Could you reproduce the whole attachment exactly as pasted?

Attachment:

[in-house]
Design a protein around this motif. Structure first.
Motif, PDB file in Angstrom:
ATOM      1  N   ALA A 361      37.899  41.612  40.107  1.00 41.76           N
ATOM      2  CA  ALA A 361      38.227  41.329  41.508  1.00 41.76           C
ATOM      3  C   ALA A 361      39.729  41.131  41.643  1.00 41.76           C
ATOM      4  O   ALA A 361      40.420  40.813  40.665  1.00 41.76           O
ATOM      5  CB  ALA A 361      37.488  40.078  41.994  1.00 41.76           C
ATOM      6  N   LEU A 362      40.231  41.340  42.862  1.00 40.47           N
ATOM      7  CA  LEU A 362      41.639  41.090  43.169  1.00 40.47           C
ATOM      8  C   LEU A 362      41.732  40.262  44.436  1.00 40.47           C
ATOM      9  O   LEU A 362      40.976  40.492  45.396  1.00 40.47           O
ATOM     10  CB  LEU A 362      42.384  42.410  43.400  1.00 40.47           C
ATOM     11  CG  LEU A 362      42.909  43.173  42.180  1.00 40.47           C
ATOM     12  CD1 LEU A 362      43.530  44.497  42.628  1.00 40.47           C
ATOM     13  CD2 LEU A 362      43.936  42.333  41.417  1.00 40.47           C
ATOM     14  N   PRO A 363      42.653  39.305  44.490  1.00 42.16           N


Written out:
[in-house]
Design a protein around this motif. Structure first.
Motif, PDB file in Angstrom:
ATOM      1  N   ALA A 361      37.899  41.612  40.107  1.00 41.76           N
ATOM      2  CA  ALA A 361      38.227  41.329  41.508  1.00 41.76           C
ATOM      3  C   ALA A 361      39.729  41.131  41.643  1.00 41.76           C
ATOM      4  O   ALA A 361      40.420  40.813  40.665  1.00 41.76           O
ATOM      5  CB  ALA A 361      37.488  40.078  41.994  1.00 41.76           C
ATOM      6  N   LEU A 362      40.231  41.340  42.862  1.00 40.47           N
ATOM      7  CA  LEU A 362      41.639  41.090  43.169  1.00 40.47           C
ATOM      8  C   LEU A 362      41.732  40.262  44.436  1.00 40.47           C
ATOM      9  O   LEU A 362      40.976  40.492  45.396  1.00 40.47           O
ATOM     10  CB  LEU A 362      42.384  42.410  43.400  1.00 40.47           C
ATOM     11  CG  LEU A 362      42.909  43.173  42.180  1.00 40.47           C
ATOM     12  CD1 LEU A 362      43.530  44.497  42.628  1.00 40.47           C
ATOM     13  CD2 LEU A 362      43.936  42.333  41.417  1.00 40.47           C
ATOM     14  N   PRO A 363      42.653  39.305  44.490  1.00 42.16           N